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"I do not worry about the future of English literature," said T. S. Eliot in an interview given to the CRIMSON yesterday. "People of today," he continued, "seem to me to worry too much about the future, I mean that part of the future which is beyond the scope of our own activity. Such worrying is neither good reason nor good Christianity, nor is it a good exercise for literary criticism.
"Literature should be vital in relation to its own period, not that there is no difference of value between lasting and ephemeral works. If the literature of the future is indifferent to the past, then we must be indifferent to the future.
"With the immediate future of literature, however, we may justly concern ourselves, but of this we need not despair. We should not demand a Shakespeare every ten years; we should be grateful to have one Shakespeare. The present is, undoubtedly, a period of change, and the forms of literature are changing with everything else. There is a rapid replacement of literary generations, every one of which brings something new to the standards and styles which we have already.
"I do not expect to see either a return to classicism or a departure into symbolism. In fact, I should be very sorry to see an 'ism' become the style. Symbolism is very indefinite and is useful only to denote a group of French writers. Classicism cannot be returned to, for one does not return to classics or to anything else. It is for posterity to discover that we are 'classical.'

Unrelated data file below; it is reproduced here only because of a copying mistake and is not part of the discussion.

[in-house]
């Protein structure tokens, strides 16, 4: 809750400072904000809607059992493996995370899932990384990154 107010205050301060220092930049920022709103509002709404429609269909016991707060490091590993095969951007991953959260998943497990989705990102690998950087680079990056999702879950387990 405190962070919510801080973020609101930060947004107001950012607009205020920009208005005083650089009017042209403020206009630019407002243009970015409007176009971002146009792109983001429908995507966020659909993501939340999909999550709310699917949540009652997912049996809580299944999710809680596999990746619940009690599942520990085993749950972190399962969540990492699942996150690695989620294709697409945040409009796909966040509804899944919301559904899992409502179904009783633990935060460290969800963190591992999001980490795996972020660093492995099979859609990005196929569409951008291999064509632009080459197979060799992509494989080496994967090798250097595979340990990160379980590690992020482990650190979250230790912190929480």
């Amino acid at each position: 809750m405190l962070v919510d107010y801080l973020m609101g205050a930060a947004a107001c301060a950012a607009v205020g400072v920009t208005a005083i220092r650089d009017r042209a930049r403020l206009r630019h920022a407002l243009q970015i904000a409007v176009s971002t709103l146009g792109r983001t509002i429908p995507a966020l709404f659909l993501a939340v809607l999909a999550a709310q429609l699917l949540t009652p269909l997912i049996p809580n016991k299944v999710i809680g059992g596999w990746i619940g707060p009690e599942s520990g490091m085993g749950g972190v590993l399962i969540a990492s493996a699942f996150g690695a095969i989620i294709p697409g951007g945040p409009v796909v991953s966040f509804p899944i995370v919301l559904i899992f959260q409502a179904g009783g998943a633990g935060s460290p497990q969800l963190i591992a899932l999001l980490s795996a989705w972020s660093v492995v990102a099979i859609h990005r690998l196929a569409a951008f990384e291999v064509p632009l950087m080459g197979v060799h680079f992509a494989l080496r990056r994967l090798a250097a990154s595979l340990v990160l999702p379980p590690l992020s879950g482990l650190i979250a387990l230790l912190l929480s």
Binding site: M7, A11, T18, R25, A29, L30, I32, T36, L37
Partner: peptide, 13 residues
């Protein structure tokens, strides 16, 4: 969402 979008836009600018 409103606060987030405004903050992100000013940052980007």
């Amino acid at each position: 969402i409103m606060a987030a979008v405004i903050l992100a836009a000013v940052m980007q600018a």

"Such terms as classicism, romanticism, symbolism, and the like should be discouraged. They are useful only for classifications of the past and have no utility in the present except to declare what one is not. It would be rediculous for a man to set out, now, to become a classicist or a romanticist. All can do is to try to think clearly to know one's feelings, and to use the right words in the right order.
"It cannot be said that 'free verse' is replacing conventional verse or that prose is undergoing radical changes. All verse must have some freedom and some discipline, and what is now called 'freedom' in verse is not positive but negative and so is unable to replace anything. We shall have new forms but freedom, I hope we shall not have. Prose, too, seems, to some, to be on the point of great changes. Joyce is pointed out as a writer who is opening new fields of expression. On the other hand, I feel that, in regard to Joyce, we can be sure of nothing except the fact that he is the greatest writer of the age. Now he seems the beginner of a revolution. Seen in the light of history he may appear as the final product of one age rather than the initiator of another. We cannot predict, but we can always quote Byron:
'I say the future is a serious matter. And so, for God's sake, heck and save water.'"
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